Here are some bullet points to recap my year:
  • · Favorite appearance: Not sure why I tortured myself by having to narrow it down to one! After a lot of back and forth, I would say the Springer Special Needs Christmas Party was my favorite appearance. As God would have it, after my worst days in recovery, it seemed I would go to a really meaningful appearance. The Springer Opera House party was just that kind of event. Being in a theater packed with special needs children and having the opportunity to love on them and talk with them might stay in the front of my mind for a long, long time.
  • · Worst appearance: Maybe I should clarify and say, “I did my worst” at the Miss Cobb preliminary. It was the first time I had to speak in front of a pageant crowd as Miss Georgia, and I was beyond nervous. The fact I was Miss Georgia had not yet sunk in, and I think it was obvious! Live and learn. :-)
  • · Funniest appearance: Keep Columbus Beautiful! It wasn’t so much the appearance that was funny as it was my chaperones -- Billy Kendall (Miss Georgia executive board member) and Tate Sasser (my beloved business manager). It started with Billy saying the craziest things I’ve ever heard, and it ended with Tate trying to stand up but falling into my arms because her ankle rolled.  Not to forget to mention this happened in front of a big ballroom full of people! Fortunately it ended in laughter.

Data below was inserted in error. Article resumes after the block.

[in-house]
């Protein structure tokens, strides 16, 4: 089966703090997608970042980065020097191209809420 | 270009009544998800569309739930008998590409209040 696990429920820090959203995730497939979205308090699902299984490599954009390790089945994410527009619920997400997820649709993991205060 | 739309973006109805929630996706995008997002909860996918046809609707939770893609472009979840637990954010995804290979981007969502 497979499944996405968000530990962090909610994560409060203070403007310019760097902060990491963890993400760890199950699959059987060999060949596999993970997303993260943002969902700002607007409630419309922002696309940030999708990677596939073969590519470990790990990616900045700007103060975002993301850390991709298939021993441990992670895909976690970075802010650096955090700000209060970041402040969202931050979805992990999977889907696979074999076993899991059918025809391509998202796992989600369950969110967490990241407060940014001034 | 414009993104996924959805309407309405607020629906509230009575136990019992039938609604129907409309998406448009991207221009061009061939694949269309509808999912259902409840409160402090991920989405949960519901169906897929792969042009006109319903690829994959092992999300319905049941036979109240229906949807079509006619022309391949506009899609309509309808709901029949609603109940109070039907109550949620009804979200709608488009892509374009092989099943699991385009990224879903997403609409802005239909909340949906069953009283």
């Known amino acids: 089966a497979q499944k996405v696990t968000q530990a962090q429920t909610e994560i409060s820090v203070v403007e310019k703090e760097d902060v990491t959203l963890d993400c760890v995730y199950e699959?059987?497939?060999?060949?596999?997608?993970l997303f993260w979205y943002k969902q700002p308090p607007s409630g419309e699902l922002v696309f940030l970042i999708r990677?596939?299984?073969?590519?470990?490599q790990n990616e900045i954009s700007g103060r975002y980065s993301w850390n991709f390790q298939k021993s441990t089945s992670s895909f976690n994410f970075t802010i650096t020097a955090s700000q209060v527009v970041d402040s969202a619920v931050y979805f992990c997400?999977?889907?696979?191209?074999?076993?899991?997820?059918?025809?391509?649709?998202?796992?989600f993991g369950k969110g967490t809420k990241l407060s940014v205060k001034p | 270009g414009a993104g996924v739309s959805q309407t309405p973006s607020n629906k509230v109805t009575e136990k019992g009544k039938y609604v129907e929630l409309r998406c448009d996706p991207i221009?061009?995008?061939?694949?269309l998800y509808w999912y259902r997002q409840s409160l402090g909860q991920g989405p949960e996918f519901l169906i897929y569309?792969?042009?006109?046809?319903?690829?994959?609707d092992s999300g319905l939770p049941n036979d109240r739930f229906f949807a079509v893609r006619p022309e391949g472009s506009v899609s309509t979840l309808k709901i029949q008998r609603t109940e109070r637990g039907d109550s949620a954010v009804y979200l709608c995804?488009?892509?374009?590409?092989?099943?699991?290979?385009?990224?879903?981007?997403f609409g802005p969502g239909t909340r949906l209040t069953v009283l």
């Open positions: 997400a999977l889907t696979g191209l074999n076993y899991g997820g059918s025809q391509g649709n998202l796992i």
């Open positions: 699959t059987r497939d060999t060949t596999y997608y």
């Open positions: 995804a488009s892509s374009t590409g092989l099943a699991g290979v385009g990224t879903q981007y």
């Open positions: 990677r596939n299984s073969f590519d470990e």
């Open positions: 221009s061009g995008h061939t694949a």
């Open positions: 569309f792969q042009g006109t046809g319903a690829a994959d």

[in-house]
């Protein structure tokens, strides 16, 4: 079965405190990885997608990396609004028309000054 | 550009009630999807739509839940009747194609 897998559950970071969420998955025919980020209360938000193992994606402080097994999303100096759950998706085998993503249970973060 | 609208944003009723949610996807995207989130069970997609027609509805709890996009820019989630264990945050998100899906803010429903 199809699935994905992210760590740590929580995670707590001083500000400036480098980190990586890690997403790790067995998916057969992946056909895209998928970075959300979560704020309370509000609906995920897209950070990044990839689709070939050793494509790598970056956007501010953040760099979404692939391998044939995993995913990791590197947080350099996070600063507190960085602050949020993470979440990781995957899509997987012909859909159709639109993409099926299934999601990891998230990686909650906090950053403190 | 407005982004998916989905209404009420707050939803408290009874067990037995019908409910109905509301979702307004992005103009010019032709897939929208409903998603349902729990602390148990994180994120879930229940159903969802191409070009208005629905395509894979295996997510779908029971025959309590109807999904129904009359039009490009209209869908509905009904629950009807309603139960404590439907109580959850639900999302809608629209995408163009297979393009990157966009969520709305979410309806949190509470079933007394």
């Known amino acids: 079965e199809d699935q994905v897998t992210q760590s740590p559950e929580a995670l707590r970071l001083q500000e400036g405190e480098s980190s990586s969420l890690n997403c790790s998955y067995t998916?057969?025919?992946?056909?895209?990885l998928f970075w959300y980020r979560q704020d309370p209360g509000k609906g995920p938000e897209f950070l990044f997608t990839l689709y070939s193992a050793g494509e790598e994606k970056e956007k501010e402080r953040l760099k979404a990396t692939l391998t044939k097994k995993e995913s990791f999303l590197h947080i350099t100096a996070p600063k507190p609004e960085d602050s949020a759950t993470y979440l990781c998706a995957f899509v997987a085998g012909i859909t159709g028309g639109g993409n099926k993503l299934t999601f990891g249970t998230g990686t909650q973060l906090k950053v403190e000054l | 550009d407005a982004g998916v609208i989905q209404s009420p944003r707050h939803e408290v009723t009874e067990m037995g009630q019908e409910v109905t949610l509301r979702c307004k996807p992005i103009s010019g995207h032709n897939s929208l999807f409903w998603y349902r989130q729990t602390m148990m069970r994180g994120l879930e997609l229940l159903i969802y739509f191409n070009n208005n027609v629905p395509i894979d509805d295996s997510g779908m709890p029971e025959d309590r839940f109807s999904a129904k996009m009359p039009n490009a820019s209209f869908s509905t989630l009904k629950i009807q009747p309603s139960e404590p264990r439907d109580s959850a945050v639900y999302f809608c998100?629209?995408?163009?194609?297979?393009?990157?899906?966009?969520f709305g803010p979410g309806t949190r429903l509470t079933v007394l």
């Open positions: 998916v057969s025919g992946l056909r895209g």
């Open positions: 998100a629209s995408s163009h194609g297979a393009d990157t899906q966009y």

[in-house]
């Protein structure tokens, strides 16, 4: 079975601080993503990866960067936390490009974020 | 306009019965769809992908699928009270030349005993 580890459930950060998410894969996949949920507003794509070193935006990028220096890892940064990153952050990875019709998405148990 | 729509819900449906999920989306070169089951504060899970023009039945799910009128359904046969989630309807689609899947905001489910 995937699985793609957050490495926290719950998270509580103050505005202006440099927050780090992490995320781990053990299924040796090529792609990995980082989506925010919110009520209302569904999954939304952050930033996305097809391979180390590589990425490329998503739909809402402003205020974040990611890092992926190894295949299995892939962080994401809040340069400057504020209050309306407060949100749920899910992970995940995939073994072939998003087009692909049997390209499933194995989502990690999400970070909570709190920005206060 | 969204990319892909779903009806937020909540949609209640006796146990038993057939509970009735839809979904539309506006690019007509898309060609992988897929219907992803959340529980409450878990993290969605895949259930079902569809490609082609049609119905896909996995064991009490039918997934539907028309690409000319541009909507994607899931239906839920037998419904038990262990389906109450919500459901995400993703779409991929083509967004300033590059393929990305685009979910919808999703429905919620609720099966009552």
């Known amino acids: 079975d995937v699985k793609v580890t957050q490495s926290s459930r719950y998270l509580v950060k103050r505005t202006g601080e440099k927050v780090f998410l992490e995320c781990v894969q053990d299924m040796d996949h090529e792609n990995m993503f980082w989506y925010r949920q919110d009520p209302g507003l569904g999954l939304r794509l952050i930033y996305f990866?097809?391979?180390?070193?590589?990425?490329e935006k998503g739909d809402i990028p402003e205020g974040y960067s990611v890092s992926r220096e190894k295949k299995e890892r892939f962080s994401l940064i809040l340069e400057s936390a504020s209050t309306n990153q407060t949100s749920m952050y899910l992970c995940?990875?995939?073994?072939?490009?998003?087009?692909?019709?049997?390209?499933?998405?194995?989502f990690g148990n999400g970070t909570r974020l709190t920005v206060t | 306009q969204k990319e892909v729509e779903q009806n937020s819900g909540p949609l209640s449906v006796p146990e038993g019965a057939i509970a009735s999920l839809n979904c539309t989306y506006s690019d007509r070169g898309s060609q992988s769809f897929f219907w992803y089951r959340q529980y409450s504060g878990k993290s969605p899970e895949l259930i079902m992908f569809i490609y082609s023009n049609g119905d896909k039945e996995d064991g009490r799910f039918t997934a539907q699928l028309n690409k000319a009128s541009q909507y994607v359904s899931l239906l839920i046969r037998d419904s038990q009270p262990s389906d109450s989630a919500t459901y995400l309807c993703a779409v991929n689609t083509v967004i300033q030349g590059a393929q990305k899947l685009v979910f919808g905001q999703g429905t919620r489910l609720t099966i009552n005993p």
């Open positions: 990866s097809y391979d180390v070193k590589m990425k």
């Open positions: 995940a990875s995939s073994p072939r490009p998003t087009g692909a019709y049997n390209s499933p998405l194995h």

• · Scariest appearance: Columbus White Water Rafting. All year I thought it would be the Rattlesnake Roundup, but after being flipped out of my raft, getting caught under it, and not being able to breathe, I don’t think anything could have topped the rafting experience.
  • · Best memory: Praying over the Miss America Class of 2012 every night at Miss America (and the Miss America experience in its entirety).
  • · Worst memory: A set of mock interviews mid-December!! For all mock interviews I had throughout this experience, I would consistently get some 8s, mainly 9s, and some 10s. Well, this one time I BOMBED it! Two of the judges were former Miss Georgias, Christina McCauley (2010) and Emily Cook (2009). I was mortified at how poorly I did. Not to make excuses but to be fair to myself, I had gotten no sleep for the two nights prior, was really struggling in recovery, and just wasn’t having a good day at all. I’m human!
  • · Easiest moment of the year: Second and third week after I won. The first week of shock had worn off and I was caught up on sleep and unpacked; yet the business had not quite started.